Fifth Edition Monster Manual Review
I just received my copies of the new D&D fifth edition core rulebooks. I only had time to look through the monster manual, but here are my initial thoughts.
My friends and fellow gamers will tell you that I am not easily impressed. In fact, I’m hypercritical to point of being offensive about TV shows, movies, books, and games. So when I say that I am thoroughly, truly, impressed with the quality and content of the new monster manual, it is high praise. I grumbled and complained when I had to convert from second to third, but I came around and have played 3.5 for fifteen years. I own nearly every 3.5 book (I skipped fourth edition all together because it was an abomination so vile it should have been smothered at birth and fed to a grick), so I am deeply invested in 3.5. That said, when I look through the fifth edition books, I get a sense of excitement and novelty that I haven’t felt since I started playing D&D over twenty years ago.
In no real order:
The Good Things
- The artwork (for the most part) is the best since the second edition Monstrous Compendium, but more so because these monsters are in color.
- The stat blocks are so clean, succinct, and easy to use, a novice DM can pick up the book and not be confused.
- Flavor has returned to D&D. One complaint I had about my beloved 3.5, is that much of the flavor and fluff present in second edition was removed and replaced with mechanics. The 5e MM has small inserts that outline legendary and familiar monsters or villains from D&D forty year past. For example, next to the Death Knight is a passage about Lord Soth and his history. The vampire entry features a picture of Strahd Von Varovich with a blurb about his history. The same is true for the Demilich, Acerack is pictured and a small insert details his story. (Not to start an edition/game war, but this deep history of beloved characters is what Pathfinder is missing)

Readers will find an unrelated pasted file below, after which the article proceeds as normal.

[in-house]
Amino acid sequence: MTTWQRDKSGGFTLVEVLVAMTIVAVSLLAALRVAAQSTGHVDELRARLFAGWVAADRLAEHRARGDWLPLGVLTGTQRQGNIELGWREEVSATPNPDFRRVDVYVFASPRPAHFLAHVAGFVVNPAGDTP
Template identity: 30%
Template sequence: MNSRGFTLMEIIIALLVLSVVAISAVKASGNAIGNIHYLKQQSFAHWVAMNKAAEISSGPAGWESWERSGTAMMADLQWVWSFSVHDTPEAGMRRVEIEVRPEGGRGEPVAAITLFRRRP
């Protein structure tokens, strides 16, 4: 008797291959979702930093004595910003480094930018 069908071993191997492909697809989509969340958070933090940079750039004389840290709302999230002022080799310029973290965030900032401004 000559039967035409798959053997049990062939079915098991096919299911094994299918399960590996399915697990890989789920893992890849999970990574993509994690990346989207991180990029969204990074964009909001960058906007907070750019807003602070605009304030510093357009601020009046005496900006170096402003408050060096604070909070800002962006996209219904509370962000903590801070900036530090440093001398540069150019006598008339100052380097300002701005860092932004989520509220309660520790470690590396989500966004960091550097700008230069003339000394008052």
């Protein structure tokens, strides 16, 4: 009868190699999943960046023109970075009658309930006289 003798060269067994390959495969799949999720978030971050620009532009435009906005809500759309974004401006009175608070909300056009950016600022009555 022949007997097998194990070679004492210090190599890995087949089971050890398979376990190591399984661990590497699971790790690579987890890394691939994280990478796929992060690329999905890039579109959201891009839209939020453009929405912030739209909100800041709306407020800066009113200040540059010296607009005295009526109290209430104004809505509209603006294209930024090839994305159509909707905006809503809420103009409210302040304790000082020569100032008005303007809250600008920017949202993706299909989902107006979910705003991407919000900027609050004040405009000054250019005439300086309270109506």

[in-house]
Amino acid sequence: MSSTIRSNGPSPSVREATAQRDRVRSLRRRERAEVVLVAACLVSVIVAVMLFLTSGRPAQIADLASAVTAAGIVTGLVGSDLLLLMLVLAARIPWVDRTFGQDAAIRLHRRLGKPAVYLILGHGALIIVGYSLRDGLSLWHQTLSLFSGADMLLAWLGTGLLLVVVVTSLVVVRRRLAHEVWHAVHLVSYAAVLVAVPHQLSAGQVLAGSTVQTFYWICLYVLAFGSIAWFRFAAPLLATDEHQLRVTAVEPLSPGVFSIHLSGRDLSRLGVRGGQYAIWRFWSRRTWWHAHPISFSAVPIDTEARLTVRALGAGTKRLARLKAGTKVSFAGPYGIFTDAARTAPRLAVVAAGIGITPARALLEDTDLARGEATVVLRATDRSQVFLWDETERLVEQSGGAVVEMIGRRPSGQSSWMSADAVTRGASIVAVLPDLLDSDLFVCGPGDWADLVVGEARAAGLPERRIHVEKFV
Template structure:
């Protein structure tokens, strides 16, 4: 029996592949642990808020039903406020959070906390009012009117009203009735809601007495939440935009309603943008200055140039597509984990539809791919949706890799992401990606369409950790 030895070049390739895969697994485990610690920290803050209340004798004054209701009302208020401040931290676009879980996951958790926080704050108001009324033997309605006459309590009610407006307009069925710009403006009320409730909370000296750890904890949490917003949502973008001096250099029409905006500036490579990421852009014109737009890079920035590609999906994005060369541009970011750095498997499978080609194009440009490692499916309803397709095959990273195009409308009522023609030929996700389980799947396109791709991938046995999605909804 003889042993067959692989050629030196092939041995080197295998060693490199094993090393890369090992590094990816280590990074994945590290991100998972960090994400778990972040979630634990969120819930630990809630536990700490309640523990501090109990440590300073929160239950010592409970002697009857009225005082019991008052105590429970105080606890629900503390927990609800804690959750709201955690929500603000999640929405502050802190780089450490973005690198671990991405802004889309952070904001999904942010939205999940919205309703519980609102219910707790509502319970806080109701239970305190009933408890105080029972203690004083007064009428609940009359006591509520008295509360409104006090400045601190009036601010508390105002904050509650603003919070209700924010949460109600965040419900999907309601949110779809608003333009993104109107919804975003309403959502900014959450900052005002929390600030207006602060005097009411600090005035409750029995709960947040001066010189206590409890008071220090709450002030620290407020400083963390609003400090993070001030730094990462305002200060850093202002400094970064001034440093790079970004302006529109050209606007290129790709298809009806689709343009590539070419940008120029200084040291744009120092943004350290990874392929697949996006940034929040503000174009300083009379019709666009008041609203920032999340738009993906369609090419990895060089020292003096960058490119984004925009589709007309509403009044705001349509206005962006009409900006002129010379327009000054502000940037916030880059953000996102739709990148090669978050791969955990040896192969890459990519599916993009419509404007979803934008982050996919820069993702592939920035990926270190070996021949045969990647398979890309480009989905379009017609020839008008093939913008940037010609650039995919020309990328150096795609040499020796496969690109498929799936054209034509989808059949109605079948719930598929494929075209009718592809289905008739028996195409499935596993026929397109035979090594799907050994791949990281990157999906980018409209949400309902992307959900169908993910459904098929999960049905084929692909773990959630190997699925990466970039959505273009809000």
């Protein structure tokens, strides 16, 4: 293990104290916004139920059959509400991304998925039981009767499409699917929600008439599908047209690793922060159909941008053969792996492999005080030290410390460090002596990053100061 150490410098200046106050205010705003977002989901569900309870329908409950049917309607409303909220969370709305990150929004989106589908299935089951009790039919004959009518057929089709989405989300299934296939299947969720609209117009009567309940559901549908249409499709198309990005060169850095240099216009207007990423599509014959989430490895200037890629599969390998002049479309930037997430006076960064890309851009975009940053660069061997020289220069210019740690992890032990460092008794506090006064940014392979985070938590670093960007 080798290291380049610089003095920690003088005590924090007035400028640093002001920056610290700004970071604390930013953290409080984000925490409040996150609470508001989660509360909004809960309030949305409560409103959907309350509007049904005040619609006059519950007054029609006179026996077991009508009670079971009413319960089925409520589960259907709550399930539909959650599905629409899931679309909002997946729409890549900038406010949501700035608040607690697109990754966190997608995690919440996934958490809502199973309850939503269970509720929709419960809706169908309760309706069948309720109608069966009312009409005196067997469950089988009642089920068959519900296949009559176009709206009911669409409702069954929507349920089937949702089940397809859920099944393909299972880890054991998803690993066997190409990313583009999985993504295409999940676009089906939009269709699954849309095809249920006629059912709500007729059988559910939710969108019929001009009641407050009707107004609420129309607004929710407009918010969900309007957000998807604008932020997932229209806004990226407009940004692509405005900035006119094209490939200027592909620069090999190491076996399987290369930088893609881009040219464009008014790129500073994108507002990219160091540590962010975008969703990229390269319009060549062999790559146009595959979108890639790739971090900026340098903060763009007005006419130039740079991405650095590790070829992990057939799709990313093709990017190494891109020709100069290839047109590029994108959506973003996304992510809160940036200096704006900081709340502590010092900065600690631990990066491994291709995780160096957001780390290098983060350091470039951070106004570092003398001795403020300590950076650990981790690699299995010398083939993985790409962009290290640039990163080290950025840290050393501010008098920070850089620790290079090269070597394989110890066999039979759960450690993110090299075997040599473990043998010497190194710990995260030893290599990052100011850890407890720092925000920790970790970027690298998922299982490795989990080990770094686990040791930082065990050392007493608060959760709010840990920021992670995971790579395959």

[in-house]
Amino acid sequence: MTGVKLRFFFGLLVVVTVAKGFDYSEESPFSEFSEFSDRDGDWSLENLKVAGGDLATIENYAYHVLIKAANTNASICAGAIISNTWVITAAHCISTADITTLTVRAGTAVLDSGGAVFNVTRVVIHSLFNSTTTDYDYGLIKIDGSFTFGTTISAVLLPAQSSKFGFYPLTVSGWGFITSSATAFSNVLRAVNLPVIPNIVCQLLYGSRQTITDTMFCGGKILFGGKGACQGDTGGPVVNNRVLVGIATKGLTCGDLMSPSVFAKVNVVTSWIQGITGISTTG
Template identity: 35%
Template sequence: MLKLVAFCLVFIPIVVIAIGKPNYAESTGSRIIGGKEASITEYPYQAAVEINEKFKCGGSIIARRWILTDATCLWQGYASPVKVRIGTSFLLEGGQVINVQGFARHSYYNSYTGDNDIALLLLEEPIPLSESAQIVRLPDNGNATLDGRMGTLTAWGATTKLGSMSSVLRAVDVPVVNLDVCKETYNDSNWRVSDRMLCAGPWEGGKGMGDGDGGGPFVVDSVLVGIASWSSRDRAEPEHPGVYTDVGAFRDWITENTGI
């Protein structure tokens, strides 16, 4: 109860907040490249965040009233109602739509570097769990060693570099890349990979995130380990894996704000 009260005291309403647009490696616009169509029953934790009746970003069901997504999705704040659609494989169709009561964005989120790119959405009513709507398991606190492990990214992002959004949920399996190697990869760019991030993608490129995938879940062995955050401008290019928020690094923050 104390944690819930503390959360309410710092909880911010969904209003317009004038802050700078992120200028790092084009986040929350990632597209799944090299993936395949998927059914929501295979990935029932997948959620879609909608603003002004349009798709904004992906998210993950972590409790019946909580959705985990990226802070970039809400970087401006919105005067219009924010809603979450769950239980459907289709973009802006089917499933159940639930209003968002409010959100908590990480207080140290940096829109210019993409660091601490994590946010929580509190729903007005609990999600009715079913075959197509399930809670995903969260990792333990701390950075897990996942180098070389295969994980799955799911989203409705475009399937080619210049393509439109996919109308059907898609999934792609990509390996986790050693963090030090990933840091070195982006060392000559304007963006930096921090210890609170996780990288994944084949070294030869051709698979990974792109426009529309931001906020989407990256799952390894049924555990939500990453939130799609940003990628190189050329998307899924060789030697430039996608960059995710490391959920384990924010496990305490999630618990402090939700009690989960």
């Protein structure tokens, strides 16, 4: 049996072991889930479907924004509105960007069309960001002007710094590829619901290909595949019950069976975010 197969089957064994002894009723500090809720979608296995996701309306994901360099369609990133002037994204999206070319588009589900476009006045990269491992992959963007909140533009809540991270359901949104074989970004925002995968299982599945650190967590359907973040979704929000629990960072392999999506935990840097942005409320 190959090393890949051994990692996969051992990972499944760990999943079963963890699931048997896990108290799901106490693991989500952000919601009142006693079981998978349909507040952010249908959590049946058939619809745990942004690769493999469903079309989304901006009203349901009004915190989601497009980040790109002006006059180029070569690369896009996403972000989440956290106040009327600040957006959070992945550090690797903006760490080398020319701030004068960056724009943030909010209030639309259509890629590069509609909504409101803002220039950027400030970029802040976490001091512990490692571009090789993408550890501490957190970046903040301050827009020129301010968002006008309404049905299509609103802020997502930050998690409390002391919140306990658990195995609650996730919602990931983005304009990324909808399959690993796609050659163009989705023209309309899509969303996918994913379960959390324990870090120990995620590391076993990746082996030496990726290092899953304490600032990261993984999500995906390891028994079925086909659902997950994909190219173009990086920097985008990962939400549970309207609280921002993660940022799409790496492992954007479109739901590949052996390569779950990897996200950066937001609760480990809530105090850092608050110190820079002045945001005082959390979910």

- The stat blocks list average damage next to each attack along with the dice like this: 23 (4d8+5), this seems like a small detail, but it will greatly aid a DM running several monsters or a monster with numerous attacks, like a dragon or a hydra. Fifth edition truly strives to streamline the game when possible.
- Certain powerful creatures are “Legendary”, and have powers that lesser monsters don’t possess. Cooler still, is when you encounter a legendary creature in its lair, it gets to activate a lair power on 20 in the initiative order. So the red dragon might stomp the floor and cause a spurt of lava to jet up from the floor of his cave and burn the party. These legendary creatures also have regional effects that warp a radius around their lair.
- NPC’s. There is an appendix full of pregen NPC’s. Think of the second edition MM’s entry for humans. It listed pirates, laborers, spell casters, and knights. The 5e appendix is similar, filled with cultists and commoners that a DM’s job easier.
- A CR 30 Tarrasque. Finally, Big T is the baddest thing in the MM.
It is honestly hard to find anything bad to say about this book. I’ve added the few complaints that I came up with as I read, but they seem nit-picky.
- Flump? Seriously? You wasted a page on this?
- Not sure we needed a three-page spread dedicated to Modrons. I guess people dig em.
- Many monsters have been reduced in challenge rating. These creatures haven’t necessarily been reduced in power, but the MM is full of low CR monsters and it seems that fleshing out high-level adventures might be more difficult. For example: In the NPC section, the archmage is like level 18 (don’t quote me on that) and a CR of 12.
- My Biggest complaint: page 140 and 141 are blackened and completely unreadable. I will reserve nerd rage on this until I find out if I can return my copy for a replacement. In the meantime, my players can rest safely at night in the knowledge that I can’t send gargoyles after them.
- Dragons have been reduced to four age categories. Not sure this is a problem, I liked that there was a dragon for a variety of CR’s, but the drawback was that they weren’t completely fleshed out with feats. Now there are only four dragons and they give a complete stat block for each.
- The size of several monsters has changed and left many of my miniatures obsolete. The reverse is also true though, many monsters have changed to a size that is easier to manage. For example, the mimic is now medium (which makes more sense than a ten-foot wide chest) and I can use the amazing mimic miniature from Reaper’s Bones line.
Overall, the 5e MM is the best in years, if not the best ever in my opinion.